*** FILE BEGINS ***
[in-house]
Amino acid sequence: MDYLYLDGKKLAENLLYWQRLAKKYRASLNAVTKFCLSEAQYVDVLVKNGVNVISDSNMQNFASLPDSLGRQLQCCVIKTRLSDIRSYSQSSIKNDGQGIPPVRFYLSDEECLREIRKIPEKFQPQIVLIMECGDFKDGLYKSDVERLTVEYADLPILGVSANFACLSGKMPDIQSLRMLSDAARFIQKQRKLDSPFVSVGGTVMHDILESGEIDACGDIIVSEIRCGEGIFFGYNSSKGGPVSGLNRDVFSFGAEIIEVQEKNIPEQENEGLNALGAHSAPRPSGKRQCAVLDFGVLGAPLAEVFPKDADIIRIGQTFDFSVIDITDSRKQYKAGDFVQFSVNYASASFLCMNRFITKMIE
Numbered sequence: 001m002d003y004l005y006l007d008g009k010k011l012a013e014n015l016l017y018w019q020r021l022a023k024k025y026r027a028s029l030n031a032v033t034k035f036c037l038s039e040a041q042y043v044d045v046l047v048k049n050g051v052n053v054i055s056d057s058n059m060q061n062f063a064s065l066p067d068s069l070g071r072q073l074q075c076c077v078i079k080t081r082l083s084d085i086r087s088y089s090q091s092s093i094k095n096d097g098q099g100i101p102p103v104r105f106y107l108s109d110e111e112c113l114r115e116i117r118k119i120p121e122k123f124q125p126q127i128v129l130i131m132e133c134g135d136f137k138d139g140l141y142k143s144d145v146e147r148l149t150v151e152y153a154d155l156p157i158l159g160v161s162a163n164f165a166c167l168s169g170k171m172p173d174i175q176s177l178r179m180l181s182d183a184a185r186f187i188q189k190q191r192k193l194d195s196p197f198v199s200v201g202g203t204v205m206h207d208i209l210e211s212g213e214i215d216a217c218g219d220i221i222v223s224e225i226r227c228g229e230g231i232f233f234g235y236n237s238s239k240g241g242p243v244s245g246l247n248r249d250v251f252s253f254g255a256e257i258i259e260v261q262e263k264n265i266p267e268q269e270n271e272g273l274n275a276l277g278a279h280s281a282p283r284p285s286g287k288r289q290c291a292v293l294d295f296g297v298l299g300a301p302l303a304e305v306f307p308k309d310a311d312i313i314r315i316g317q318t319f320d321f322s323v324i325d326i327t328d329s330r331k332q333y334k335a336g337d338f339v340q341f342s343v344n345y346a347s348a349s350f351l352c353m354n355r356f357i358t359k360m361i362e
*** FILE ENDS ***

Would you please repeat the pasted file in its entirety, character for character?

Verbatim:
[in-house]
Amino acid sequence: MDYLYLDGKKLAENLLYWQRLAKKYRASLNAVTKFCLSEAQYVDVLVKNGVNVISDSNMQNFASLPDSLGRQLQCCVIKTRLSDIRSYSQSSIKNDGQGIPPVRFYLSDEECLREIRKIPEKFQPQIVLIMECGDFKDGLYKSDVERLTVEYADLPILGVSANFACLSGKMPDIQSLRMLSDAARFIQKQRKLDSPFVSVGGTVMHDILESGEIDACGDIIVSEIRCGEGIFFGYNSSKGGPVSGLNRDVFSFGAEIIEVQEKNIPEQENEGLNALGAHSAPRPSGKRQCAVLDFGVLGAPLAEVFPKDADIIRIGQTFDFSVIDITDSRKQYKAGDFVQFSVNYASASFLCMNRFITKMIE
Numbered sequence: 001m002d003y004l005y006l007d008g009k010k011l012a013e014n015l016l017y018w019q020r021l022a023k024k025y026r027a028s029l030n031a032v033t034k035f036c037l038s039e040a041q042y043v044d045v046l047v048k049n050g051v052n053v054i055s056d057s058n059m060q061n062f063a064s065l066p067d068s069l070g071r072q073l074q075c076c077v078i079k080t081r082l083s084d085i086r087s088y089s090q091s092s093i094k095n096d097g098q099g100i101p102p103v104r105f106y107l108s109d110e111e112c113l114r115e116i117r118k119i120p121e122k123f124q125p126q127i128v129l130i131m132e133c134g135d136f137k138d139g140l141y142k143s144d145v146e147r148l149t150v151e152y153a154d155l156p157i158l159g160v161s162a163n164f165a166c167l168s169g170k171m172p173d174i175q176s177l178r179m180l181s182d183a184a185r186f187i188q189k190q191r192k193l194d195s196p197f198v199s200v201g202g203t204v205m206h207d208i209l210e211s212g213e214i215d216a217c218g219d220i221i222v223s224e225i226r227c228g229e230g231i232f233f234g235y236n237s238s239k240g241g242p243v244s245g246l247n248r249d250v251f252s253f254g255a256e257i258i259e260v261q262e263k264n265i266p267e268q269e270n271e272g273l274n275a276l277g278a279h280s281a282p283r284p285s286g287k288r289q290c291a292v293l294d295f296g297v298l299g300a301p302l303a304e305v306f307p308k309d310a311d312i313i314r315i316g317q318t319f320d321f322s323v324i325d326i327t328d329s330r331k332q333y334k335a336g337d338f339v340q341f342s343v344n345y346a347s348a349s350f351l352c353m354n355r356f357i358t359k360m361i362e